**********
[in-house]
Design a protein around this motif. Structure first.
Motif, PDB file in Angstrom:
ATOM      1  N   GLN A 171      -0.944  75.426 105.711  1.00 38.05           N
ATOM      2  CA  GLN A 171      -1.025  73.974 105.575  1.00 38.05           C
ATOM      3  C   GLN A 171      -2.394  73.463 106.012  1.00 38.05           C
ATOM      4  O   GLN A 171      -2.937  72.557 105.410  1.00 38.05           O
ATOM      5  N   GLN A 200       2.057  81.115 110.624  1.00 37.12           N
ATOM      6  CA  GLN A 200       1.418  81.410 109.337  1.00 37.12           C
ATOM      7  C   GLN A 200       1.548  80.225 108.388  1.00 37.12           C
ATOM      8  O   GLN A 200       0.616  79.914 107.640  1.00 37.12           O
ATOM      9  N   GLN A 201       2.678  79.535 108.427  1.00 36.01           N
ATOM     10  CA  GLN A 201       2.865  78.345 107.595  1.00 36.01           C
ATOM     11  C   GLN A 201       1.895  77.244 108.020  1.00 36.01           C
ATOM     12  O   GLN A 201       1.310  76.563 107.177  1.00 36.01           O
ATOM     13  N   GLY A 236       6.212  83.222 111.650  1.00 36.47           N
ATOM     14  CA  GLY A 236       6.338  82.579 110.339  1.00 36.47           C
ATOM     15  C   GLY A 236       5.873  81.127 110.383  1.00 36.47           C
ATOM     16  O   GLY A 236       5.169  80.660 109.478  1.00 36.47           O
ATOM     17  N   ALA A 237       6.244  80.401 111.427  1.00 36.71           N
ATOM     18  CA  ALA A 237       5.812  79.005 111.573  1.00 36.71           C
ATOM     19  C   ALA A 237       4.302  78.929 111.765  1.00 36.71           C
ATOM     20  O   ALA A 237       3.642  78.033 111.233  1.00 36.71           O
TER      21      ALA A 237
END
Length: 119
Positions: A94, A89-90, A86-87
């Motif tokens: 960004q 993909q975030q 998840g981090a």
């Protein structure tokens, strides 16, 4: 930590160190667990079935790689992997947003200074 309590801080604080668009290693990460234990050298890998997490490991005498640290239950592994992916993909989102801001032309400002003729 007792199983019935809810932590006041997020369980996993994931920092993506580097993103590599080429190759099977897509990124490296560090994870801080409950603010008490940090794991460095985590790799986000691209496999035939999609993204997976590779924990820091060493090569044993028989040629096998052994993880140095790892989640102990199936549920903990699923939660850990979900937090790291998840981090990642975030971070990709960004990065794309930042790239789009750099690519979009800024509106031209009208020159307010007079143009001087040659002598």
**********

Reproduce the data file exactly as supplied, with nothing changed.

[in-house]
Design a protein around this motif. Structure first.
Motif, PDB file in Angstrom:
ATOM      1  N   GLN A 171      -0.944  75.426 105.711  1.00 38.05           N
ATOM      2  CA  GLN A 171      -1.025  73.974 105.575  1.00 38.05           C
ATOM      3  C   GLN A 171      -2.394  73.463 106.012  1.00 38.05           C
ATOM      4  O   GLN A 171      -2.937  72.557 105.410  1.00 38.05           O
ATOM      5  N   GLN A 200       2.057  81.115 110.624  1.00 37.12           N
ATOM      6  CA  GLN A 200       1.418  81.410 109.337  1.00 37.12           C
ATOM      7  C   GLN A 200       1.548  80.225 108.388  1.00 37.12           C
ATOM      8  O   GLN A 200       0.616  79.914 107.640  1.00 37.12           O
ATOM      9  N   GLN A 201       2.678  79.535 108.427  1.00 36.01           N
ATOM     10  CA  GLN A 201       2.865  78.345 107.595  1.00 36.01           C
ATOM     11  C   GLN A 201       1.895  77.244 108.020  1.00 36.01           C
ATOM     12  O   GLN A 201       1.310  76.563 107.177  1.00 36.01           O
ATOM     13  N   GLY A 236       6.212  83.222 111.650  1.00 36.47           N
ATOM     14  CA  GLY A 236       6.338  82.579 110.339  1.00 36.47           C
ATOM     15  C   GLY A 236       5.873  81.127 110.383  1.00 36.47           C
ATOM     16  O   GLY A 236       5.169  80.660 109.478  1.00 36.47           O
ATOM     17  N   ALA A 237       6.244  80.401 111.427  1.00 36.71           N
ATOM     18  CA  ALA A 237       5.812  79.005 111.573  1.00 36.71           C
ATOM     19  C   ALA A 237       4.302  78.929 111.765  1.00 36.71           C
ATOM     20  O   ALA A 237       3.642  78.033 111.233  1.00 36.71           O
TER      21      ALA A 237
END
Length: 119
Positions: A94, A89-90, A86-87
């Motif tokens: 960004q 993909q975030q 998840g981090a």
């Protein structure tokens, strides 16, 4: 930590160190667990079935790689992997947003200074 309590801080604080668009290693990460234990050298890998997490490991005498640290239950592994992916993909989102801001032309400002003729 007792199983019935809810932590006041997020369980996993994931920092993506580097993103590599080429190759099977897509990124490296560090994870801080409950603010008490940090794991460095985590790799986000691209496999035939999609993204997976590779924990820091060493090569044993028989040629096998052994993880140095790892989640102990199936549920903990699923939660850990979900937090790291998840981090990642975030971070990709960004990065794309930042790239789009750099690519979009800024509106031209009208020159307010007079143009001087040659002598």